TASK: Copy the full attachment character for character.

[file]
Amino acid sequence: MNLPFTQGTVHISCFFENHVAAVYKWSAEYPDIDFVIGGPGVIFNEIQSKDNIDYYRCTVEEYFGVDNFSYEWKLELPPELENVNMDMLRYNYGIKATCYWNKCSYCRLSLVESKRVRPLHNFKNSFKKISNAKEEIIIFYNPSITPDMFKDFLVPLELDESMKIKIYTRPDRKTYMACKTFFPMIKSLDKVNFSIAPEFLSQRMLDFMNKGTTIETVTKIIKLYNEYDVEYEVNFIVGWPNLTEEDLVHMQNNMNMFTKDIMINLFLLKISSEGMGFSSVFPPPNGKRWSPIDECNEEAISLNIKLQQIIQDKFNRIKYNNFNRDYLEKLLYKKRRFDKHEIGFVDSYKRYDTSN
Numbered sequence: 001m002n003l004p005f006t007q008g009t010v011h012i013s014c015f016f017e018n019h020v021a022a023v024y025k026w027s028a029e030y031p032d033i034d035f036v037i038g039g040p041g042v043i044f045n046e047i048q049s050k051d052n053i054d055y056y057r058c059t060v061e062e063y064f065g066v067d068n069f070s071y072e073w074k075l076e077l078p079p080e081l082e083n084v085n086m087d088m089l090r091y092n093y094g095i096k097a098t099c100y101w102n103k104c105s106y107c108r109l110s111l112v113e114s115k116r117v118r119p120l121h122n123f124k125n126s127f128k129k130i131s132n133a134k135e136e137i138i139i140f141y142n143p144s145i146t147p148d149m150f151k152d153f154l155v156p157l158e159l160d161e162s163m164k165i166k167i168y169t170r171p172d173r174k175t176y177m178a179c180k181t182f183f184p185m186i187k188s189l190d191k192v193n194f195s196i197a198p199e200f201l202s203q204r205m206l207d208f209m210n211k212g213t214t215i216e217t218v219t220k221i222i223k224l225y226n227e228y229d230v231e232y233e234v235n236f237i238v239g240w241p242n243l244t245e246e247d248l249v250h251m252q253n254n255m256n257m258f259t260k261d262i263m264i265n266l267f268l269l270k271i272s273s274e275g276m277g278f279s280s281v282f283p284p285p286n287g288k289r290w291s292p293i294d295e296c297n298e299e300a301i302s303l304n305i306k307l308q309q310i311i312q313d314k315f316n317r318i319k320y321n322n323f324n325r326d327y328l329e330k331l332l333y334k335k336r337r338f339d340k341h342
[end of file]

Amino acid sequence: MNLPFTQGTVHISCFFENHVAAVYKWSAEYPDIDFVIGGPGVIFNEIQSKDNIDYYRCTVEEYFGVDNFSYEWKLELPPELENVNMDMLRYNYGIKATCYWNKCSYCRLSLVESKRVRPLHNFKNSFKKISNAKEEIIIFYNPSITPDMFKDFLVPLELDESMKIKIYTRPDRKTYMACKTFFPMIKSLDKVNFSIAPEFLSQRMLDFMNKGTTIETVTKIIKLYNEYDVEYEVNFIVGWPNLTEEDLVHMQNNMNMFTKDIMINLFLLKISSEGMGFSSVFPPPNGKRWSPIDECNEEAISLNIKLQQIIQDKFNRIKYNNFNRDYLEKLLYKKRRFDKHEIGFVDSYKRYDTSN
Numbered sequence: 001m002n003l004p005f006t007q008g009t010v011h012i013s014c015f016f017e018n019h020v021a022a023v024y025k026w027s028a029e030y031p032d033i034d035f036v037i038g039g040p041g042v043i044f045n046e047i048q049s050k051d052n053i054d055y056y057r058c059t060v061e062e063y064f065g066v067d068n069f070s071y072e073w074k075l076e077l078p079p080e081l082e083n084v085n086m087d088m089l090r091y092n093y094g095i096k097a098t099c100y101w102n103k104c105s106y107c108r109l110s111l112v113e114s115k116r117v118r119p120l121h122n123f124k125n126s127f128k129k130i131s132n133a134k135e136e137i138i139i140f141y142n143p144s145i146t147p148d149m150f151k152d153f154l155v156p157l158e159l160d161e162s163m164k165i166k167i168y169t170r171p172d173r174k175t176y177m178a179c180k181t182f183f184p185m186i187k188s189l190d191k192v193n194f195s196i197a198p199e200f201l202s203q204r205m206l207d208f209m210n211k212g213t214t215i216e217t218v219t220k221i222i223k224l225y226n227e228y229d230v231e232y233e234v235n236f237i238v239g240w241p242n243l244t245e246e247d248l249v250h251m252q253n254n255m256n257m258f259t260k261d262i263m264i265n266l267f268l269l270k271i272s273s274e275g276m277g278f279s280s281v282f283p284p285p286n287g288k289r290w291s292p293i294d295e296c297n298e299e300a301i302s303l304n305i306k307l308q309q310i311i312q313d314k315f316n317r318i319k320y321n322n323f324n325r326d327y328l329e330k331l332l333y334k335k336r337r338f339d340k341h342